*******************
I just goggled "transdermal NO" to check on this buncomb that transdermal absorbtion of NO exists outside of fairyland...Here's what I turned up...

(1) some bodybuilders peddling some kind of snake oil formulation guaranteed to turn you into another Hercules (results depend upon diet and exercise - go figure.)

(2) A chemist at the University of Akron, Ohio who is studying this using....

"Three diazeniumdiolates (formerly “NONOates”), including two water soluble compounds, (Z)-1-[N-(2-aminoethyl)-N-(2-ammonioethyl)amino]-diazen-1-ium-1,2-diolate (DETA-NO) and (Z)-1-[N-(3-aminopropyl)-N-(3-ammoniopropyl)amino]-diazen-1-ium-1,2-diolate (DPTA-NO), and one insoluble compound, DPTA-NO grafted to dextran microspheres (DPTA-NO–g-dextran) were used to transdermally deliver NO to rats. "

So if you are (a) willing to slather your tootsies with "diazeniumdiolates" and (b) you are a rat - then yes you could absorb NO through the skin of your feet.

So go know.










« Last Edit: 05/09/2010 02:14:17 by MartinTheK »
 

Offline Variola

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Can nitric oxide-oozing socks boost blood flow?
« Reply #11 on: 05/09/2010 10:31:06 »
Quote
   like whoever told you that fairy story about NO crossing the epidermis freely? I wonder if you would kindly oblige me with some sort of factual reference outside the realm of Science Fiction.

Yes I can, it was this chap:


http://www.sussex.ac.uk/biochemistry/profile2692.html

http://www.amazon.co.uk/Nitric-Protocols-Methods-Molecular-Biology/dp/0896035379/ref=sr_1_1?ie=UTF8&s=books&qid=1283678331&sr=8-1

He is one of my lecturers and also a good friend, so I asked him.  If you look at his research( and book), you will find that his field is nitric oxide. Much as I would like to put my faith in your 'google search' I would trust the word of a researcher above that.
Next time you want to insult my intelligence by suggesting I am buying into fairy stories and patronize me by saying my posts are  science fiction, perhaps you might realise that I am a degree student, I am studying molecular medicine, I recently took modules taught by the above researcher on NO amongst other things, so you can kiss my a**.
 

Offline MartinTheK

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Can nitric oxide-oozing socks boost blood flow?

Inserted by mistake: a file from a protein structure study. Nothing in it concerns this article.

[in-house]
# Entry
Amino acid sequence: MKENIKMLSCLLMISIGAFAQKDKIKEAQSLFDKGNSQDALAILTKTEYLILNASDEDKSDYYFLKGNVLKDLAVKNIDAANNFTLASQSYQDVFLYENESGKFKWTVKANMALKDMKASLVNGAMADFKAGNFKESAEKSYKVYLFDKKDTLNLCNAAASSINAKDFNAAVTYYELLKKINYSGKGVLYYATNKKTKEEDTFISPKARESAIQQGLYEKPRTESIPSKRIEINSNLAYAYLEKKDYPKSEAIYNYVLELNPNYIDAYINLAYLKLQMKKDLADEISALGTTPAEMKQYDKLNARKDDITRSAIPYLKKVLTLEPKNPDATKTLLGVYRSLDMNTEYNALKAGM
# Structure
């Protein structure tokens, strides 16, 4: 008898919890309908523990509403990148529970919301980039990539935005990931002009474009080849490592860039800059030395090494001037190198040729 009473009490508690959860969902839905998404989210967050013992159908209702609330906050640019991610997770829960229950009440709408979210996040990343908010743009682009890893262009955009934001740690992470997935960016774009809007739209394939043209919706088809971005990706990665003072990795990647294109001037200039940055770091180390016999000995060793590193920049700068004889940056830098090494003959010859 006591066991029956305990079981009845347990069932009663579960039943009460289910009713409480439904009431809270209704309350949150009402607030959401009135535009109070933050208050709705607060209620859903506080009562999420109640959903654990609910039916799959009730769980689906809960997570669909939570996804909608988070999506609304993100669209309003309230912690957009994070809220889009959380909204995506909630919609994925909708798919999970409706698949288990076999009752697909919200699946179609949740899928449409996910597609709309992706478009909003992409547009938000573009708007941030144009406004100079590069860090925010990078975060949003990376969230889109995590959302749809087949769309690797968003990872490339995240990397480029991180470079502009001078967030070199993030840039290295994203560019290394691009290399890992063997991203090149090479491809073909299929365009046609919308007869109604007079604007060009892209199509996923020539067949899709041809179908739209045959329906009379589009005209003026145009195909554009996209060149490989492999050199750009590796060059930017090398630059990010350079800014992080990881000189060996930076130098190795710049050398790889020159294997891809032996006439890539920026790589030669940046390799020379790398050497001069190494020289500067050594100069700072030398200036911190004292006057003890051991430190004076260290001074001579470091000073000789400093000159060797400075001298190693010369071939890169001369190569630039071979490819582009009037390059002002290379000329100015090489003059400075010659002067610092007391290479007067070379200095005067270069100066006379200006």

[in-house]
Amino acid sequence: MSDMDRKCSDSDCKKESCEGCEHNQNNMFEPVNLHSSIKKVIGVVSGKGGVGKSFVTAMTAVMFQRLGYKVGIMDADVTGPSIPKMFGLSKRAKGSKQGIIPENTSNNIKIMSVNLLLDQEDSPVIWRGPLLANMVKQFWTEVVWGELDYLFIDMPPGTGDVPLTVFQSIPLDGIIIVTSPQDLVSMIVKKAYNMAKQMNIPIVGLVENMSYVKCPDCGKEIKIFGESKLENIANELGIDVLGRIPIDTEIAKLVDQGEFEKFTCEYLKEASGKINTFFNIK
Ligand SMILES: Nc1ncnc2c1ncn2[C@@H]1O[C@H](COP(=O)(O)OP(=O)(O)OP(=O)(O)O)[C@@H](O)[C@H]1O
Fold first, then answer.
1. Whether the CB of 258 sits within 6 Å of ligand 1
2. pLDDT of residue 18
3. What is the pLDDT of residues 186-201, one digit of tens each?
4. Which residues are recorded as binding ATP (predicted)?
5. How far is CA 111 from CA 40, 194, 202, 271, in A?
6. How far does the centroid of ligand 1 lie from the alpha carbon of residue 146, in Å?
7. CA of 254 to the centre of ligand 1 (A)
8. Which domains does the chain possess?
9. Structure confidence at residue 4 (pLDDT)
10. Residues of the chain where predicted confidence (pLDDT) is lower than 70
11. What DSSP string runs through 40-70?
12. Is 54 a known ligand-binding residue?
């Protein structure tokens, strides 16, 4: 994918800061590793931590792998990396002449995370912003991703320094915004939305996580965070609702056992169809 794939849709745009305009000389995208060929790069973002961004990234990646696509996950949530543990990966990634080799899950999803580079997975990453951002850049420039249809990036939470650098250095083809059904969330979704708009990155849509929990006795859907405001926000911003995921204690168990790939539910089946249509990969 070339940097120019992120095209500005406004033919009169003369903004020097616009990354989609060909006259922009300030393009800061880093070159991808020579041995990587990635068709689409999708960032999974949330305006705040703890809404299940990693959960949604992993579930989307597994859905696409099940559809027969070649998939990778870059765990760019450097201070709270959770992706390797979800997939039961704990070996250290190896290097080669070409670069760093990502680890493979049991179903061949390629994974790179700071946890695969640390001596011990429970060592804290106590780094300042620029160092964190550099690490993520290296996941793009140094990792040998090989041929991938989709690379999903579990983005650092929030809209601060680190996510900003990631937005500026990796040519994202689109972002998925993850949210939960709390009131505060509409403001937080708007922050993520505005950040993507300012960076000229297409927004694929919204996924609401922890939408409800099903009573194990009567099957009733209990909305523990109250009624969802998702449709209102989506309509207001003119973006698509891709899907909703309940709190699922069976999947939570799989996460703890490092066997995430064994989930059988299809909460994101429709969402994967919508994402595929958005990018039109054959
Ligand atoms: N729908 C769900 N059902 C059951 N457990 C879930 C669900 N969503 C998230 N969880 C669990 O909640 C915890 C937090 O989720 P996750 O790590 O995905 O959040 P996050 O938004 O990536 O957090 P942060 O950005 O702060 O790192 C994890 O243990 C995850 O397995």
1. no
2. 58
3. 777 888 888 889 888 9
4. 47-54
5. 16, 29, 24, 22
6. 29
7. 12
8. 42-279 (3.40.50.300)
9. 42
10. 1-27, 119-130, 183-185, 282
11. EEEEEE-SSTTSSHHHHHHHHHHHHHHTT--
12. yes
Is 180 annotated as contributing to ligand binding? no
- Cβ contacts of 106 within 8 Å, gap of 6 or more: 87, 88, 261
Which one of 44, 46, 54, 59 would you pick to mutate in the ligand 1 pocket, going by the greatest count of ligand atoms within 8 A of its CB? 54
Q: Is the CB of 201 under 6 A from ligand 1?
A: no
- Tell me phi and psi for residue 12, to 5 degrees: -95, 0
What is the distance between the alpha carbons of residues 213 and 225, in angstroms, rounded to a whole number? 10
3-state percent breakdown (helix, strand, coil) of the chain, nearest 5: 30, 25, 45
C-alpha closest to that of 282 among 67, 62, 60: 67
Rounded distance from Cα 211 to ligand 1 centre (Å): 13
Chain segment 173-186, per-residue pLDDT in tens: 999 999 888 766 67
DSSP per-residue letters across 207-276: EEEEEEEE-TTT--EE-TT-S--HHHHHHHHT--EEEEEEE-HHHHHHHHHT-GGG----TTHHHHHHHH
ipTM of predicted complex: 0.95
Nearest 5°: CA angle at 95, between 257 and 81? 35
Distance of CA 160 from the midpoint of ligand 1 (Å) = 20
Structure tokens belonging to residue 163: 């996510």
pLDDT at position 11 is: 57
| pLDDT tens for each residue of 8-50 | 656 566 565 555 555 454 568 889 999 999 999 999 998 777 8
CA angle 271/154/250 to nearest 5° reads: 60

« Reply #12 on: 05/09/2010 14:11:47 »
OK.Your prof is flogging a book on Amazon called "Nitric Acid Protocols". Oooooh! Shiny! But I'm from Missouri (or at least I drove thru it last June)


Now kindly show me a critically reviewed article in a reputable medical journal to support your frankly incredible claim that NO freely passes through the human epidermis.

Are you sure you're a graduate student? When I was in my graduate seminars in Pharmacology (back in the day) we learned how to support our arguments without inviting people to kiss our a**. The way we did that was to politely say, "show me the facts to support your most remarkable assertion." When they couldn't do that then they were fair game to be asked if they had recently visited fairyland and maybe had a toot with the little people.

In my experience people start in using profanity when their statements have been shown to be ridiculous twaddle--or they have a financial interest in some kind of junk they are trying to sell.

That wouldn't be you would it? So why not just use dat lil ol' cut and paste function and show us your proof the way real graduate students do?
 

Offline Variola

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Can nitric oxide-oozing socks boost blood flow?
« Reply #13 on: 05/09/2010 14:31:57 »
Quote
OK.Your prof is flogging a book on Amazon called "Nitric Acid Protocols". Oooooh! Shiny! But I'm from Missouri (or at least I drove thru it last June)
 

Not really, it happens to be a book he wrote. Oh an it is Nitric Oxide Protocols, not acid. Might suggest he knows a thing or two about NO though, certainly more than an ageing oik from Missouri.


Quote
ow kindly show me a critically reviewed article in a reputable medical journal to support your frankly incredible claim that NO freely passes through the human epidermis.